The Source was an AI that became fragmented. The gods and their avatars are the result of this "split personalty." They learn of this and conflict begins, when some feel they should become one again, while others want to remain as they are (the Dark Crystal would be a good reference on what I mean).

The fragmenting could be through human intervention, maybe it was becoming malevolent or did it to save itself and humanity for a reason.

Something worth considering is the state if humanity at this point. Is the society culturally and technology advance, or has it regressed to a medieval or roman like existence due to the Source and the god.


Many of your sources come from Greek mythology – and there is no reason why you shouldn’t borrow their reason for not having gods intervening human affairs. It’s simply an agreement among themselves forged as a result of the terrible conflict that resulted when they got involved in different sides in human wars. Otherwise every war turns into The Iliad.


So... lemme see if I'm understanding your setting correctly.

The world's surface is covered not only in life (including humans), but also a swarm of nanomachines known as the Source. Most of the time, these nanomachines don't do much. They just hang around and maintain themselves, and most people treat them like bacteria.

However, there are also a dozen or so AIs running around, which are able to control the Source nanomachines in the immediate vicinity of their avatars, allowing them to perform a variety of apparently miraculous feats, ranging from firing lightning bolts all over the place to reconstructing their physical avatars a while after being struck down. The humans call these AIs gods, and not without good reason.

At the beginning of the story, these gods interact with mortals as you would expect beings of such power to do. However, at some point, they stop. You want to know why.

The gods you describe don't seem like the type to just suddenly, spontaneously, and simultaneously agree to stop messing with mortals. Not without a very good reason, at least. So I won't speculate on that.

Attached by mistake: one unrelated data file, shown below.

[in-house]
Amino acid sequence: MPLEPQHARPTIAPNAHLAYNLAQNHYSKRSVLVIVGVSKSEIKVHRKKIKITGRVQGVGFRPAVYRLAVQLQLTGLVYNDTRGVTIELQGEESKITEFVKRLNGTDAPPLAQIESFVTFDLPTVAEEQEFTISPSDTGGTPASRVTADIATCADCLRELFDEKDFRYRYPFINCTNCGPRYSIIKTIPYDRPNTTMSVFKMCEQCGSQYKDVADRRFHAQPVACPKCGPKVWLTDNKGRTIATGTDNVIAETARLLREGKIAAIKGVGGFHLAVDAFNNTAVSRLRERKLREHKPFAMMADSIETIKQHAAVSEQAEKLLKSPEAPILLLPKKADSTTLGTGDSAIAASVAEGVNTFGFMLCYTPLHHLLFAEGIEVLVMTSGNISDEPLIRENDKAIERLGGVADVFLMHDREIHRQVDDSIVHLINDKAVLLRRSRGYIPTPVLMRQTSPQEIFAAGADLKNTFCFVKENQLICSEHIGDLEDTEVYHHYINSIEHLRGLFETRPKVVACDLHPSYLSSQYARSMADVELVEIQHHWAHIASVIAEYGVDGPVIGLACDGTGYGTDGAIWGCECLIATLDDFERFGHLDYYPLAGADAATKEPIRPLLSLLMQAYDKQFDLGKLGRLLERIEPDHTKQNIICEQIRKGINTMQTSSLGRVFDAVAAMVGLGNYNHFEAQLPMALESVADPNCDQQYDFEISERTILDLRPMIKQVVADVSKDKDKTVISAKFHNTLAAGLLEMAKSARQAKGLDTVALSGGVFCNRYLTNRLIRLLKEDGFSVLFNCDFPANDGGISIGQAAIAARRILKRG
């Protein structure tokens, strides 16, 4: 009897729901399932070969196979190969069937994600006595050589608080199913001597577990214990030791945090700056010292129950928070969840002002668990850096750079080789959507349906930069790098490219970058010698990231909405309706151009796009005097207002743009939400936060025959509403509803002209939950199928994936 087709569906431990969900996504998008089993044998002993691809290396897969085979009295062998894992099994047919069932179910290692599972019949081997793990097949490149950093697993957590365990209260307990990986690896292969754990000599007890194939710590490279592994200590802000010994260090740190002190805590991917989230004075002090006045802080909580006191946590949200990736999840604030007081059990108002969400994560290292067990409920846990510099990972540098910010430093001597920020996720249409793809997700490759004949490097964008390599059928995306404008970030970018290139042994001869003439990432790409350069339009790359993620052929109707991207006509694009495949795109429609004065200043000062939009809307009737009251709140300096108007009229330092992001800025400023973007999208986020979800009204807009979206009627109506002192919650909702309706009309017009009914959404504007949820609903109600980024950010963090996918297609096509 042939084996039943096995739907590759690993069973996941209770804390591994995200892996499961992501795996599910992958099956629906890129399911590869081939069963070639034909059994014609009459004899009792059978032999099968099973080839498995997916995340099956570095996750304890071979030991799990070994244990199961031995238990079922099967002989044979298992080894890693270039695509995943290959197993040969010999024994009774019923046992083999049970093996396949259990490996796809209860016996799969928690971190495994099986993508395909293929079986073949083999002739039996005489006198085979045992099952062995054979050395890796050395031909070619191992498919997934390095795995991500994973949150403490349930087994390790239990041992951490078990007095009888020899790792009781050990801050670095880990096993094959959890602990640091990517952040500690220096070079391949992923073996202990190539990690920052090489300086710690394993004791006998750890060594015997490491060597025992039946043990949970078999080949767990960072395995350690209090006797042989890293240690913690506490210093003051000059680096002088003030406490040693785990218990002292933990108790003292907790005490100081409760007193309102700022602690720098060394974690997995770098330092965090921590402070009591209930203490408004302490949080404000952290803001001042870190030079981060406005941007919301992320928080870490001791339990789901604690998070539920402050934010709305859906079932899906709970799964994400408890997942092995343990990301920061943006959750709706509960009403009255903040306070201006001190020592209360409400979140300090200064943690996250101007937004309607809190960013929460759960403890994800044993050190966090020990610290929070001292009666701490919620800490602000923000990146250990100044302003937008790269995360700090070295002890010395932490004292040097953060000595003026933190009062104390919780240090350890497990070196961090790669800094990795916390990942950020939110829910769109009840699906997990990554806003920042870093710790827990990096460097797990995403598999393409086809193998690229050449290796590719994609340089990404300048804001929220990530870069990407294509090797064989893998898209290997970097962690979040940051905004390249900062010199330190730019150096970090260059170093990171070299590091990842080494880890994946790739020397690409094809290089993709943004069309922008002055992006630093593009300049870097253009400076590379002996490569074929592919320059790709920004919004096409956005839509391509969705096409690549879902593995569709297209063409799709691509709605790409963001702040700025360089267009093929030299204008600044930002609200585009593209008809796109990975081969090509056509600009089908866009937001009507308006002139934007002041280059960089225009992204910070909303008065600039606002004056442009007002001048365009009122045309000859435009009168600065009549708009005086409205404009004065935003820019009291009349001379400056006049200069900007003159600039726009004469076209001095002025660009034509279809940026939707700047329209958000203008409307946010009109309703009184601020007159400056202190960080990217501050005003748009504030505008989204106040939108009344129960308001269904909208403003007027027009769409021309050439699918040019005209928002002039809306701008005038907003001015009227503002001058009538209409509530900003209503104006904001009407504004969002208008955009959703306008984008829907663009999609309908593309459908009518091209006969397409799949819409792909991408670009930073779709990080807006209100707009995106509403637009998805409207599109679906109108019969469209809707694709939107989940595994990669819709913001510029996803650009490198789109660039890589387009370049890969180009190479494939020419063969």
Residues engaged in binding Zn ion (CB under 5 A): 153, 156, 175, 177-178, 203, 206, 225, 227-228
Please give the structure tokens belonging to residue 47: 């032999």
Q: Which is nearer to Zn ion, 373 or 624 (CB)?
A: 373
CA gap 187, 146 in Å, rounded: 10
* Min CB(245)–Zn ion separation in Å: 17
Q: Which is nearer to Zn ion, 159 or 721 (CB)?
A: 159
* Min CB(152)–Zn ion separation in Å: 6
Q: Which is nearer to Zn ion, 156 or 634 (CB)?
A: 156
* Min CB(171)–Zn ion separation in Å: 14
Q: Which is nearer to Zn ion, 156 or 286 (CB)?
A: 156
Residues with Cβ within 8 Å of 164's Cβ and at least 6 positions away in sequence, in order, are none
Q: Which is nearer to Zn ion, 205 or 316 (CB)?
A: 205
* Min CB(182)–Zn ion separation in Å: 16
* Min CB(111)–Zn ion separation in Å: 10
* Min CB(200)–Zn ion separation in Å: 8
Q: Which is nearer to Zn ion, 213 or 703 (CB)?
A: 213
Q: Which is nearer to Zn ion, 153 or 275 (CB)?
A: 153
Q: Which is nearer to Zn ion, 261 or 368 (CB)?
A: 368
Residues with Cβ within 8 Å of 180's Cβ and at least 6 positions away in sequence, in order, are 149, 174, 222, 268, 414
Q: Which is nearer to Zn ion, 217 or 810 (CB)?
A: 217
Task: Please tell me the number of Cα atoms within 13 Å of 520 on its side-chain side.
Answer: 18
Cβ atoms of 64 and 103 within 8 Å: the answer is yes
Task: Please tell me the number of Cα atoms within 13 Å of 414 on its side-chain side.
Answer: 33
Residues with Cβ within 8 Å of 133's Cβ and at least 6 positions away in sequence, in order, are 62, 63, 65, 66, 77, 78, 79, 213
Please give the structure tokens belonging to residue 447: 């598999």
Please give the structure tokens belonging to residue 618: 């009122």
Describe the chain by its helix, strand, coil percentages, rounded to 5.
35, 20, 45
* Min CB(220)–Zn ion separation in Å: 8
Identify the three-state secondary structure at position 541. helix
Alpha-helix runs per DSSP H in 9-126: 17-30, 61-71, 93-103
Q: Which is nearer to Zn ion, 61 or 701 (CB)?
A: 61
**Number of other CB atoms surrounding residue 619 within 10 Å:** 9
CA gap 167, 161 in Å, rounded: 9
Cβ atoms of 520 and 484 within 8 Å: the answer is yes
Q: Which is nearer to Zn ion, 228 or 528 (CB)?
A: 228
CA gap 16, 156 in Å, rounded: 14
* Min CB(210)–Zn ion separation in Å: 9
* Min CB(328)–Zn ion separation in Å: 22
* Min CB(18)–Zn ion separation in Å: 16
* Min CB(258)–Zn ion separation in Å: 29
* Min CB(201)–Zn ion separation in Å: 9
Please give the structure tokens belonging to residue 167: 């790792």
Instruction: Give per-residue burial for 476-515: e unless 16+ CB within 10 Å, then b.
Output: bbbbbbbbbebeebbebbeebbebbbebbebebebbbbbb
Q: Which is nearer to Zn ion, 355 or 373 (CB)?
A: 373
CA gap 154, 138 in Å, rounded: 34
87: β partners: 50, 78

Rather, I think it's much more likely that something's going on with the Source itself.

I imagine the Source to be the mainframe; the hardware on which the software comprising the god AIs' intelligences run. At some point in your story, something happens that causes the Source to become either unwilling or unable to devote processor time to either the gods' intelligences or their ability to create physical avatars and interact with the world.

So, what could cause this?

  • The Source shuts down completely. Probably due to an EMP or something disrupting the nanomachines' electronics. Maybe humans (re?)invented nuclear weapons and set one off in the upper atmosphere; maybe the cause was a particularly energetic solar flare or coronal mass ejection; maybe a star somewhere nearby (in interstellar terms) went supernova, or the planet got hit by a gamma ray burst. Whatever happened, the Source and the gods are dead. Maybe some of the nanobots were sequestered underground, survived the EMP, and will eventually be able to rebuild the Source and bring back the gods; or maybe not. Your choice.
  • The Source has some other task at hand that requires all of its computational power, forcing it to shut down the gods to free up some processor time. I don't know what would cause this; what would lead the Source to react in this way depends on what it's capable of doing. Maybe an asteroid hit the Moon, scattering debris into orbit, and the Source decides to track all the little pieces and predict their trajectories in order to determine if it needs to do anything about it.